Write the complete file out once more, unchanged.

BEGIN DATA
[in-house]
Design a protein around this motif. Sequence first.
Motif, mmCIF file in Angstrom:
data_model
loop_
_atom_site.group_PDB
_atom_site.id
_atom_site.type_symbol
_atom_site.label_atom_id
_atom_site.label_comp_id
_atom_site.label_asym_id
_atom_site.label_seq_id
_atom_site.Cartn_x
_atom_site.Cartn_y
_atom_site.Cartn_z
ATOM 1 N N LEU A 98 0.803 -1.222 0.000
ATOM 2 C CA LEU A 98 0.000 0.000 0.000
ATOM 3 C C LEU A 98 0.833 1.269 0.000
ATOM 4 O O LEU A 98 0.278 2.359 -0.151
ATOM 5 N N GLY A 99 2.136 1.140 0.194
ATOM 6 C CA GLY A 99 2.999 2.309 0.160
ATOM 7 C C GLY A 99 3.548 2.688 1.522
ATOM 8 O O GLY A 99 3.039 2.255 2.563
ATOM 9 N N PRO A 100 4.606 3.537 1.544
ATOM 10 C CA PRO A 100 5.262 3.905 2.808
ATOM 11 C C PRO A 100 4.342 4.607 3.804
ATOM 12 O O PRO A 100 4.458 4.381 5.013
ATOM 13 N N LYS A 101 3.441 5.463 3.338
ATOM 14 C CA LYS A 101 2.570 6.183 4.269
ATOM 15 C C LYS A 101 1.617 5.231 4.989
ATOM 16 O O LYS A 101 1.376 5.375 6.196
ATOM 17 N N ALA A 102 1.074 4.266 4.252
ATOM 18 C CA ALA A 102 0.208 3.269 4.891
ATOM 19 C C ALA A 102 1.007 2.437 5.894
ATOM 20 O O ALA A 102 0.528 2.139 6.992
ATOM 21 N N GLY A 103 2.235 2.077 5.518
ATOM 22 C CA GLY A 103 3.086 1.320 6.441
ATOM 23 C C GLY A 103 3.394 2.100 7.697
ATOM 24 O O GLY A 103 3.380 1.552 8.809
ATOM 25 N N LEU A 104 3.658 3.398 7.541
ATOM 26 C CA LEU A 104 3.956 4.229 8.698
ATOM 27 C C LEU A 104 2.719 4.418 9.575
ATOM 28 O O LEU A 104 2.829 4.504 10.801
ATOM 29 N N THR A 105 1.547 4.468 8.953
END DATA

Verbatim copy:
[in-house]
Design a protein around this motif. Sequence first.
Motif, mmCIF file in Angstrom:
data_model
loop_
_atom_site.group_PDB
_atom_site.id
_atom_site.type_symbol
_atom_site.label_atom_id
_atom_site.label_comp_id
_atom_site.label_asym_id
_atom_site.label_seq_id
_atom_site.Cartn_x
_atom_site.Cartn_y
_atom_site.Cartn_z
ATOM 1 N N LEU A 98 0.803 -1.222 0.000
ATOM 2 C CA LEU A 98 0.000 0.000 0.000
ATOM 3 C C LEU A 98 0.833 1.269 0.000
ATOM 4 O O LEU A 98 0.278 2.359 -0.151
ATOM 5 N N GLY A 99 2.136 1.140 0.194
ATOM 6 C CA GLY A 99 2.999 2.309 0.160
ATOM 7 C C GLY A 99 3.548 2.688 1.522
ATOM 8 O O GLY A 99 3.039 2.255 2.563
ATOM 9 N N PRO A 100 4.606 3.537 1.544
ATOM 10 C CA PRO A 100 5.262 3.905 2.808
ATOM 11 C C PRO A 100 4.342 4.607 3.804
ATOM 12 O O PRO A 100 4.458 4.381 5.013
ATOM 13 N N LYS A 101 3.441 5.463 3.338
ATOM 14 C CA LYS A 101 2.570 6.183 4.269
ATOM 15 C C LYS A 101 1.617 5.231 4.989
ATOM 16 O O LYS A 101 1.376 5.375 6.196
ATOM 17 N N ALA A 102 1.074 4.266 4.252
ATOM 18 C CA ALA A 102 0.208 3.269 4.891
ATOM 19 C C ALA A 102 1.007 2.437 5.894
ATOM 20 O O ALA A 102 0.528 2.139 6.992
ATOM 21 N N GLY A 103 2.235 2.077 5.518
ATOM 22 C CA GLY A 103 3.086 1.320 6.441
ATOM 23 C C GLY A 103 3.394 2.100 7.697
ATOM 24 O O GLY A 103 3.380 1.552 8.809
ATOM 25 N N LEU A 104 3.658 3.398 7.541
ATOM 26 C CA LEU A 104 3.956 4.229 8.698
ATOM 27 C C LEU A 104 2.719 4.418 9.575
ATOM 28 O O LEU A 104 2.829 4.504 10.801
ATOM 29 N N THR A 105 1.547 4.468 8.953